Thomas Pendergast Vladeck home

Failure is how things are optimized

I read Paul Graham; I am a big fan of his writing. 

One day he wrote: 

Things are always breaking at YC [Y Combinator, his company], because our strategy is to find bottlenecks by hitting them. That may sound irresponsible, but in practice it’s the way most complex systems get optimized.

Let’s play with his words, though, and instead speak about “high performance" systems as opposed to complex systems. Until last night it had not occurred to me what the impact of that statement would be, if true. 

The statement is almost a tautology in the sense that it is self-proving. A high-performance system is, almost by definition, something that has reached, or almost reached, the limits of performance. If it hasn’t, then it isn’t high-performance. And something that is close to the limits of its performance will fail, periodically. And by failing, you can learn why it failed, and improve. But only by crossing the threshold of what was previously thought possible can one extend the boundaries of performance.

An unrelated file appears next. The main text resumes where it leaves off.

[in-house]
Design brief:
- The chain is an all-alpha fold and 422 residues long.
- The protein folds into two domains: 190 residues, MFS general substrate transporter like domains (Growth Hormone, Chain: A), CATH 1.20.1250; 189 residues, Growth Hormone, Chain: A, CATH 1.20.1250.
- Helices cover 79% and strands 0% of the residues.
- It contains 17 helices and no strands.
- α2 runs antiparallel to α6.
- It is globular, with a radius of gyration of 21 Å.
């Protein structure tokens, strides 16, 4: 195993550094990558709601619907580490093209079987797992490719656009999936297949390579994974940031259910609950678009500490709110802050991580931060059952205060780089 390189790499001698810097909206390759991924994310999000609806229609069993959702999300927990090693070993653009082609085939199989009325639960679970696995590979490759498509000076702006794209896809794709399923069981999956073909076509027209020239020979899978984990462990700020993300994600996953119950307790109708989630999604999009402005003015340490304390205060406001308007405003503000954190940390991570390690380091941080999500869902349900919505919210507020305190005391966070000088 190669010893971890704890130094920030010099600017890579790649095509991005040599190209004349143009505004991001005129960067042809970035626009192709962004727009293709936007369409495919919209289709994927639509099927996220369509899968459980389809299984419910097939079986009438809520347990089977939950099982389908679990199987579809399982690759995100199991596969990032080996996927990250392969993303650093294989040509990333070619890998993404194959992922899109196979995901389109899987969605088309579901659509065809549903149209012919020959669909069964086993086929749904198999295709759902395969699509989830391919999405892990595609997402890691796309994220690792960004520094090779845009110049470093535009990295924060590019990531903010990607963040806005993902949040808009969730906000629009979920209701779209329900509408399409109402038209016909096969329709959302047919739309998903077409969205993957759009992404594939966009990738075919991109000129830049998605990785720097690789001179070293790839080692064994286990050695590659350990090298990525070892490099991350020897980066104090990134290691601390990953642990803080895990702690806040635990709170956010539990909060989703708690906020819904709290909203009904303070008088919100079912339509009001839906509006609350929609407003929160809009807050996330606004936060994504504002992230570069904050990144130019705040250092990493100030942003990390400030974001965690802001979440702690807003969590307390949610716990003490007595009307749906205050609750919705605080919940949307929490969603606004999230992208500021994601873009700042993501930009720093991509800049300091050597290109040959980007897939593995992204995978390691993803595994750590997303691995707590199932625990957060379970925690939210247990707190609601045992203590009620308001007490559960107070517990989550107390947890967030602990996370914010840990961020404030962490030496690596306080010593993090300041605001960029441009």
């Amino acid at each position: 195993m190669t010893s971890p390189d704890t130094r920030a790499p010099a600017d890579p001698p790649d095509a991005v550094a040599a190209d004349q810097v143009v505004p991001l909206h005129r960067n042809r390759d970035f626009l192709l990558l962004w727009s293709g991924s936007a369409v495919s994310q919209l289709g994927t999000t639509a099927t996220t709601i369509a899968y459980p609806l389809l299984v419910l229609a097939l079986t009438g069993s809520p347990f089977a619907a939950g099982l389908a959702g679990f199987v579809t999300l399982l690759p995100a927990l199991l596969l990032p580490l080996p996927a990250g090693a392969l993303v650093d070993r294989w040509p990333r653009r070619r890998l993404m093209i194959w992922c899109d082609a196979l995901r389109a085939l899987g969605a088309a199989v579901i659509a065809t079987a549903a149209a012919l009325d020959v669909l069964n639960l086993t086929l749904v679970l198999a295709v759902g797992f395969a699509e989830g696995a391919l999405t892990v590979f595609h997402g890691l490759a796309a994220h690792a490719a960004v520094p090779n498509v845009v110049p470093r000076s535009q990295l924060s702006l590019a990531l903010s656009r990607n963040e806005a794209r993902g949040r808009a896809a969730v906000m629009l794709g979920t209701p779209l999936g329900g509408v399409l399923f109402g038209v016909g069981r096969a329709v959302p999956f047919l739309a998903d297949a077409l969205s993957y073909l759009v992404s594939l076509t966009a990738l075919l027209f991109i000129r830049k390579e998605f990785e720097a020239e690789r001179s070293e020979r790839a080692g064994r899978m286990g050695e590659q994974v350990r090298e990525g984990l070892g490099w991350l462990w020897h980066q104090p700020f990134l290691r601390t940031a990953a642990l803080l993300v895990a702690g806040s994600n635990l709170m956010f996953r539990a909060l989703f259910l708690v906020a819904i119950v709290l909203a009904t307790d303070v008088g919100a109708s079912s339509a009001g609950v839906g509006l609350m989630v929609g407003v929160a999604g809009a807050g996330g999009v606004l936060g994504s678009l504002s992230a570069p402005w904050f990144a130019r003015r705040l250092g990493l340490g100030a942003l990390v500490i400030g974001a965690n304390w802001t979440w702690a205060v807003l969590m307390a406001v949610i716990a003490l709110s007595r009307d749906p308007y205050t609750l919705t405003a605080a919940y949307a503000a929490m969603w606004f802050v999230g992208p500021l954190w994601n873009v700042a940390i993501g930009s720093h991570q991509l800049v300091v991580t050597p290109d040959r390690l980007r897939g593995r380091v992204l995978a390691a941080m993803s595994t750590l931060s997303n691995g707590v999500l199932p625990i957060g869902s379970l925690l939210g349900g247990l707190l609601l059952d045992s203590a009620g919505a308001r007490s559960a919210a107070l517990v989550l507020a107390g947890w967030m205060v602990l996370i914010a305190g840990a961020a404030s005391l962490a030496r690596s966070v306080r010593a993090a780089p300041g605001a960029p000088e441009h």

So, it makes sense, and it feels true. And if you concede that it is true, a number of things suddenly fall into place. But they come from one major thing: failure should be an objective in-and-of-itself. One should seek to fail.

On a personal note, this felt like a major insight for me. Of course, I’m not the first to this party. Thomas Watson’s quote about doubling your failure rate comes to mind. But for me these sorts of things never had a real grounding, and they never quite landed on me. But now, for me at least, the reasoning is more clear. Failure is not just an indicator of ambition or tenacity. More fundamentally, it is a sine qua non of outsized success. 

Fundamentally, this implies a shift from thinking “what do I want to do next" — the implication being of course: “what should I succeed at (or try to succeed at) next?" — to thinking “how do I want to fail? How do I want to purposefully reach beyond what I think I can do?" 

I’ve heard of the concept of a “failure resume" a document showing initiatives undertaken, but ultimately unachieved by the writer as something used to judge candidates in a hiring process — alongside a traditional resume, showing successes. What would the optimal balance of these two documents be? Full-up on one, and nothing on the other would indicate either a lack of ambition (no failures), or an inability to learn from mistakes (no successes). 

It seems that you would want these entries to be somewhat in balance. 

So what is failure, then? Is it an indicator? Is it a result? It seems to me that (like success, its sibling with a flipped sign) it is an instrument that you use (to advance yourself as a person), and that, by itself, it should carry no positive or negative connotation. But, for better or for worse, it seems to come with a personal stigma, which must be overcome.